Dedicated campaigner raises £500,000

7th April 2019

A dedicated campaigner and committed fundraiser has smashed through the half million pound barrier in her efforts to help eradicate the devastating disease that took her son’s life

Michelle Bresnahan fundraising reaches 500k blog

Michelle Bresnahan has tirelessly raised funds for research into meningitis since her son Ryan died from the disease, aged just 16, in 2010.

With her family, the Bristol-based mother set up ‘a Life for a Cure’, which works closely with us to combat the disease and its after-effects, through research, awareness and support.

Ryan would be proud

“It was always our intention when we started a Life for a Cure that some good would come out of losing Ryan,” Michelle said.

“The campaign has been a wonderfully proactive way of turning our tragedy into some sort of positive and we believe Ryan would be proud of what we’ve achieved."

“We just want to do all we can to find vaccines to wipe out the disease to stop other families from feeling the pain we feel every day after losing Ryan.”

Research projects

In particular, a Life for a Cure has funded two research projects to the tune of £283,000 to look at ways to stop people carrying the bacteria which cause meningococcal disease and the impact of MenB vaccination on bacterial carriage in babies and young children.

It has also supported the preservation of research samples from the ongoing teenage carriage study to make these available for potential future research.

A Life for a Cure has also backed our annual student campaigns, providing a vast range of awareness materials for use on student campuses around the country. At the same time, Michelle has become a passionate advocate for meningitis awareness, speaking at events and with the news media.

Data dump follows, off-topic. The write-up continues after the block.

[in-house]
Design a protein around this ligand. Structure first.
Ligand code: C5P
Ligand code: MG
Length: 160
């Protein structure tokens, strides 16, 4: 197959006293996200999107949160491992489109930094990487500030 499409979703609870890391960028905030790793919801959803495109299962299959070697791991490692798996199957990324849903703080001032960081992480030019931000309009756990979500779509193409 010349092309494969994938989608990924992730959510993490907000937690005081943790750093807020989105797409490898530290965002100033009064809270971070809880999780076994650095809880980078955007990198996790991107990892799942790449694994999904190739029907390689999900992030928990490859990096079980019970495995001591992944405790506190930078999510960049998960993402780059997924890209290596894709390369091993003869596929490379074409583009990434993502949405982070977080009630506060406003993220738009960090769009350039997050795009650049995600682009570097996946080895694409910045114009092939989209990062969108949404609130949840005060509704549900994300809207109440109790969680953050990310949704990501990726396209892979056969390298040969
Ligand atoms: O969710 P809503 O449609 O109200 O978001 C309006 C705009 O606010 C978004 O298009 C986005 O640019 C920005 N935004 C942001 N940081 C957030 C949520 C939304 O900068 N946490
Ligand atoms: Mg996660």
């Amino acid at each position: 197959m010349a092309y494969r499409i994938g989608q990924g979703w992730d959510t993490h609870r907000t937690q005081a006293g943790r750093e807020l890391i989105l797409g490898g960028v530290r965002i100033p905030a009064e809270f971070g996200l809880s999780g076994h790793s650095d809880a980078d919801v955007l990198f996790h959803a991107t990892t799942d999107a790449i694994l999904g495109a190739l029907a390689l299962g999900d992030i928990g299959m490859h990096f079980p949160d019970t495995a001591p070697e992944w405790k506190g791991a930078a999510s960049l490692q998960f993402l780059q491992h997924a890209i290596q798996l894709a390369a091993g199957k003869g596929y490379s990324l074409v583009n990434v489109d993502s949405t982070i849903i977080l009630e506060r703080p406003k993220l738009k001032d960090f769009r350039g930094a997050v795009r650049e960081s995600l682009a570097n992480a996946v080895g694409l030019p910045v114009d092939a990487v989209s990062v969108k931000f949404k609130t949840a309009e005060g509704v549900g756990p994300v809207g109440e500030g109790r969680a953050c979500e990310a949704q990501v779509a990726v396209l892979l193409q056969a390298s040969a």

Raised awareness

With the support of her family and friends, Michelle has significantly raised awareness of meningitis and as a result has been shortlisted for a Pride of Britain Award, Clarins Woman of the Year and carried the Paralympic Torch for the London 2012 games.

“Ryan was an incredibly fit, funny, healthy and happy young man,” Michelle added. “Very few people are aware that young adults aged 15 to 24 are an ‘at-risk’ group for meningitis, as the main association relates to babies and toddlers."

“In addition to raising funds to find the ultimate vaccine for meningitis we also want to raise awareness and create something young and vibrant – just as Ryan was – to relate to his friends and peers.”

Immense impact

Our founder, Steve Dayman, said, “We’re so grateful to Michelle, and everyone who has supported her through ‘a Life for a Cure’."

“The impact she has made on fighting meningitis is immense and with her determination and dedication we’re making real inroads in the battle to beat this disease."

“Her support is particularly important because as a charity that receives no Government funding we rely entirely on the generosity, energy and initiative of our supporters to raise the vital funds we need to carry out our lifesaving and life-changing work."

A real difference

“Her dedication makes a real difference to those who are at risk from meningitis and those whose lives have already been changed forever because of it.”

‘A Life for a Cure’ hosts regular fundraising activities, ranging from popular and well-attended annual rugby and hockey tournaments at Ryan’s school, Clifton College, to glamorous ladies' ‘Blingo’ evenings. Michelle has also taken on challenge events, including the Three Peaks Challenge in 24 hours.

Michelle’s fundraising shows no sign of easing up and further events are planned throughout the year to move her towards the £600,000 mark.

For more on ‘a Life for a Cure’ see

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